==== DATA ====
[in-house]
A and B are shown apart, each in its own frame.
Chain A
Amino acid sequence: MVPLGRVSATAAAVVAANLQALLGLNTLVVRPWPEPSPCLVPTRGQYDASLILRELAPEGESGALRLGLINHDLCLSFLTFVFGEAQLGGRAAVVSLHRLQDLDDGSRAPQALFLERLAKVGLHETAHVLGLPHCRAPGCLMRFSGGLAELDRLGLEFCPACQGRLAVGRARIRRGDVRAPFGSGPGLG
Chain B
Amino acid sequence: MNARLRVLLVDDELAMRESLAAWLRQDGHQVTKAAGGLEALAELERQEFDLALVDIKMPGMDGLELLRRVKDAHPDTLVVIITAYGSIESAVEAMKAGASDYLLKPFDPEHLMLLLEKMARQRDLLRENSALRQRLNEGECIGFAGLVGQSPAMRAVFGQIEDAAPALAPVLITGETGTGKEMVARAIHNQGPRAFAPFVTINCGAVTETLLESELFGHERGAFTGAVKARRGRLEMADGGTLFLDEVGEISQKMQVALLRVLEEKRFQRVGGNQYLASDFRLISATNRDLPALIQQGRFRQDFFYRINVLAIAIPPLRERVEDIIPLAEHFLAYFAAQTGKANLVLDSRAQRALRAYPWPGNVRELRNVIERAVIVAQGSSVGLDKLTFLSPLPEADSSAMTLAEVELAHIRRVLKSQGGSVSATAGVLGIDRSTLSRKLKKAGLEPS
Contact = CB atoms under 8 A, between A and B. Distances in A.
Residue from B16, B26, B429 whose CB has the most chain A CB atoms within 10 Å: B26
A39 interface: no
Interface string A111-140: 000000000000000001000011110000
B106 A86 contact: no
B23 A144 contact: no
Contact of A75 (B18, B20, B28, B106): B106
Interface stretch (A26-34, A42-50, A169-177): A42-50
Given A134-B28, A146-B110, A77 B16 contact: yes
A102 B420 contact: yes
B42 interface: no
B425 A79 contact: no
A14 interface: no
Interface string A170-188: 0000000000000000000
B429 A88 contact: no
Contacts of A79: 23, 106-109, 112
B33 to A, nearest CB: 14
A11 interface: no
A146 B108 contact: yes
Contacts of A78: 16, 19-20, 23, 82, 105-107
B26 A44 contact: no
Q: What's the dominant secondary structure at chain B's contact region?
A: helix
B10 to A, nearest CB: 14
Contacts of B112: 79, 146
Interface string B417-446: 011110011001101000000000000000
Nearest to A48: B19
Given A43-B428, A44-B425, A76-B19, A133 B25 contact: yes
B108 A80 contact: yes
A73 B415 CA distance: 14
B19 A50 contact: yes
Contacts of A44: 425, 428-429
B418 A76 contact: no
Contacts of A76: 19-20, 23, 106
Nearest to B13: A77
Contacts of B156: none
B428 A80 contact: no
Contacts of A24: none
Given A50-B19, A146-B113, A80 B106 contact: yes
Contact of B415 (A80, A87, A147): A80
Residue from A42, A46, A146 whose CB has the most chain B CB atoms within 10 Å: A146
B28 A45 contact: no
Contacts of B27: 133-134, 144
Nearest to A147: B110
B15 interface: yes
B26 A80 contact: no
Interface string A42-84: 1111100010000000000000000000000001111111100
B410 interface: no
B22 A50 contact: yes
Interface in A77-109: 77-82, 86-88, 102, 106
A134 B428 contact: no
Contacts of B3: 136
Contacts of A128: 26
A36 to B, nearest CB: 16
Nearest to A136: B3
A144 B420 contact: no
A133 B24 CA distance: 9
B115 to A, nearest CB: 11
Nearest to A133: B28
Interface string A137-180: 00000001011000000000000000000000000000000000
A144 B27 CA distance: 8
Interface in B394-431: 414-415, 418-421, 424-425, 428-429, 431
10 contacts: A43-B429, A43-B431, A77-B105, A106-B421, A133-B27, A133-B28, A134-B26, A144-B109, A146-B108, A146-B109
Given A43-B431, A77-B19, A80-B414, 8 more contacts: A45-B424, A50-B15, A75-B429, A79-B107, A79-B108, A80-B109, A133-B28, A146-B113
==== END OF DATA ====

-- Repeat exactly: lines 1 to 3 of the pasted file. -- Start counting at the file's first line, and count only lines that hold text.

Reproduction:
[in-house]
A and B are shown apart, each in its own frame.
Chain A